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Discover four centuries of world-class art

In addition to our collections, we feature special exhibits throughout the year.

Looking West

Looking West

This exhibit presented a stunning group of 14 paintings from the Taos art colony collected by Jack Wehle. In the late 19th century, as the old west was slowly vanishing, a diverse group of American artists were drawn to the remote New Mexico village of Taos where the old west lived on in the unspoiled landscapes and the native Pueblo peoples. The dramatic colors, mountains and ancient Pueblo culture lured these artists from their New York studios to New Mexico’s villages where they produced a distinctly American style of art and one of the few regional schools that gained international recognition.

Wild in the Country

Wild in the Country

This exhibit explores the work of the “Big Four”— Bruno Liljefors, Wilhelm Kuhnert, Carl Rungius and Bob Kuhn. These four painters changed wildlife painting, transforming the genre into an art form filled with sweeping and innovative portrayals of the natural world. We are also pleased to present works by two contemporary artists, British painter David Shepherd and Honeoye Falls, NY, sculptor Mary Taylor who bring their own styles and interpretations to wildlife art.

Forty & Fabulous

Forty & Fabulous

In celebration of the 40th anniversary of Genesee Country Village & Museum, the museum curators gathered recent acquisitions that have never been exhibited before. On view are two galleries filled with costume, sewing tools, pressing irons and coverlets woven by western New York weavers. Some are rare, some are commonplace, but all of these objects are extraordinary for the stories they tell!

Gone Fishin'

Gone Fishin'

Tracing a route that begins with Native American practices, Gone Fishin' explores the sport through its art, while suggesting how Native American fishing methods, documented with fish hooks, net weights and a spear (c.3500 BCE), influenced settlement patterns of native people and later European settlers. The exhibit examines the work of those like Rochester’s Seth Green, who in 1864 in Caledonia started the first commercial fish hatchery in the Western Hemisphere and was among others concerned with the impact of pollution, deforestation and overfishing. In addition, it presents a fascinating collection of rods, reels, creels (fish baskets), lures and other fishing tackle created in the late 19th and early 20th centuries when fishing became big business.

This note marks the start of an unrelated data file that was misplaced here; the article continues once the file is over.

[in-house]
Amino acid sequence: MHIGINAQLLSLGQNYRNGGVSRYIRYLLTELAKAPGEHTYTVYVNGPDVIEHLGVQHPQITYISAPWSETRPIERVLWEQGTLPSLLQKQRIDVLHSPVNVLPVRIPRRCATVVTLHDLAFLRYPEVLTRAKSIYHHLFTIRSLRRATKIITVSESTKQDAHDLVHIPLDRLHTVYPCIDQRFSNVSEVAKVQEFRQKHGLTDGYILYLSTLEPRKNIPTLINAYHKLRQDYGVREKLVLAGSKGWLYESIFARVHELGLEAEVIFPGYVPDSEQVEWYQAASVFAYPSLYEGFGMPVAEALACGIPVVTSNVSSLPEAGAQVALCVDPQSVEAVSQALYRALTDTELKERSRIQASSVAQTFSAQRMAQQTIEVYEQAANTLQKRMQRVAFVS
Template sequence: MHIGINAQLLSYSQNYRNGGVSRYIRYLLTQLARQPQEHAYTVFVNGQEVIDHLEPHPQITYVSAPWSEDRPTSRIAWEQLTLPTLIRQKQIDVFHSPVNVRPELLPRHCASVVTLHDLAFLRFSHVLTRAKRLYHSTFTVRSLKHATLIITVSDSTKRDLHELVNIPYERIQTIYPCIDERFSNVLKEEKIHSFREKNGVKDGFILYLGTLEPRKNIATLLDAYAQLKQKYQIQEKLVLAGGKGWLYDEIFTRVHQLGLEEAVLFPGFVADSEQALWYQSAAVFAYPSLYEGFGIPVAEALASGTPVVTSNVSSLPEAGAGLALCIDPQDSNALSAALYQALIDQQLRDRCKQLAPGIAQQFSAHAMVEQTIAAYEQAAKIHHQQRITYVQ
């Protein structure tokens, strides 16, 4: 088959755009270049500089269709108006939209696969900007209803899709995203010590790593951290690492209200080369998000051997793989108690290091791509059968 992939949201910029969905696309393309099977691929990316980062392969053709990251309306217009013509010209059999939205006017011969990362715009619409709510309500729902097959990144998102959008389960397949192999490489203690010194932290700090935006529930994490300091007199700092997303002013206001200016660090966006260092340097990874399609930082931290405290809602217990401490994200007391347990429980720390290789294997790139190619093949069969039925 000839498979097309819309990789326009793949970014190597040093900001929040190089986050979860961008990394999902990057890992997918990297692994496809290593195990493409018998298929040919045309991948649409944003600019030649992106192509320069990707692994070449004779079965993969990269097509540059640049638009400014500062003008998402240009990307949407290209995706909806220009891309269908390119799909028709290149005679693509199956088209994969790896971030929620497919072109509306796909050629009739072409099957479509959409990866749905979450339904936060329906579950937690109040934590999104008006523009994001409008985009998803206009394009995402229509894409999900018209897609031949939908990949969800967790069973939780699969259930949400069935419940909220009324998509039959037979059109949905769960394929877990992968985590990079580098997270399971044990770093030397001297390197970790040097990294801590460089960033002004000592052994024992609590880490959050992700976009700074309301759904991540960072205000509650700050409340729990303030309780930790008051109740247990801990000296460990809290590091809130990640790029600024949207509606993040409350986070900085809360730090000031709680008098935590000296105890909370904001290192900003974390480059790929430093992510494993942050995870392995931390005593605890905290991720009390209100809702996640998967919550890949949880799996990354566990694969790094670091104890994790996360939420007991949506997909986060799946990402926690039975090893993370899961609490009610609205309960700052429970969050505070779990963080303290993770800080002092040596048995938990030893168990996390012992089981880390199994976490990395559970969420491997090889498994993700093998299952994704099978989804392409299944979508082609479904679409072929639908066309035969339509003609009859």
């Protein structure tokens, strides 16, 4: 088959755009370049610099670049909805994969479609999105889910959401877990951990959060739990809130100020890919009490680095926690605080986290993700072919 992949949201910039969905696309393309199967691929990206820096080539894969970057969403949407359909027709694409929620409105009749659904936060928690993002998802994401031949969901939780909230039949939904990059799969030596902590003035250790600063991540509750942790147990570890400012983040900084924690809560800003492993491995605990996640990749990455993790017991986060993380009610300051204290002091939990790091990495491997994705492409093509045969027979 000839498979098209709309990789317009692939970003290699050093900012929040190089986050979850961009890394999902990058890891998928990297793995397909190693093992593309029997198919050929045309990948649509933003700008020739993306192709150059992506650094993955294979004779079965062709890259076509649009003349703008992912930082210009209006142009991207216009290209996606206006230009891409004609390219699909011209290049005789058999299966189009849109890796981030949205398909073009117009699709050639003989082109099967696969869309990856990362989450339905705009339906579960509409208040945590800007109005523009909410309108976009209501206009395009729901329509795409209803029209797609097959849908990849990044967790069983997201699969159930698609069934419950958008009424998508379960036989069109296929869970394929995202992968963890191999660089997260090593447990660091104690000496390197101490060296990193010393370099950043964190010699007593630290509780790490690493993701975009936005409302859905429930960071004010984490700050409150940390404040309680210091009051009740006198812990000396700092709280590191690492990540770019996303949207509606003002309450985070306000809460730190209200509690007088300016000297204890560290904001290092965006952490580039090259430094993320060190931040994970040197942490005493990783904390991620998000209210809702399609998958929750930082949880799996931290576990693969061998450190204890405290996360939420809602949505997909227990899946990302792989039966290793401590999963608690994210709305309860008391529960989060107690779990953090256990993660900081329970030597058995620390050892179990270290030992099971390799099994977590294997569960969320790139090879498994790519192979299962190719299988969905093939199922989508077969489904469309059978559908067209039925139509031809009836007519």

Among the many highlights are 4,000-year-old fish hooks and a work by Winslow Homer

Fashions In Fiction

Fashions In Fiction

Fashions in Fiction artfully brings together characters from classic literature with period clothing and accessories. More than 100 artifacts explore popular fashions through celebrated 19th-century fiction. Together, the books and the clothes form a portal leading the viewer closer to those who came before.  

Though their prose may often seem complex in this age of texts and tweets, read it carefully, and you will discover the common threads that weave the generations together. Like today, our predecessors dreamed of worlds, old and new; of adventure and romance. They fantasied about time travel and possibilities that scientific discoveries might yield. They puzzled over mysteries and wiled away a winter’s night with tales of romance humor and wit. Sentimental stories warmed the heart; novels of social protest galvanized the nation.

Authors often shaped their character through both subtle and calculated references to the clothing of their fictional corps dramatique. The dramatic sweep of a cloak, the rustling of a petticoat or the cocky angle of a hat set a mood or defined and revealed much about the hero and heroine.

Using the Greene Costume Collection, the gallery presents some of the most beloved characters of popularly read 19th-century books.

Among the best and/or constant sellers included in the exhibit: The Legend of Sleepy Hollow (ghost story) by Washington Irving, Jane Eyre (Gothic romance/mystery) by Charlotte Bronte, Kidnapped (adventure) by Robert Louis Stevenson, The Virginian (Western) by Owen Wister, A Christmas Carol (time travel) by Charles Dickens, Uncle Tom’s Cabin (social protest) by Harriet Beecher Stowe, The Invisible Man (sci-fi) by H. G. Wells, Around the World in 80 Days,(techno-adventure) by Jules Verne, The Adventures of Tom Sawyer (humor) by Mark Twain, The Red Badge of Courage (realism) by Stephen Crane and The Adventures of Sherlock Holmes (detective) by Arthur Conan Doyle.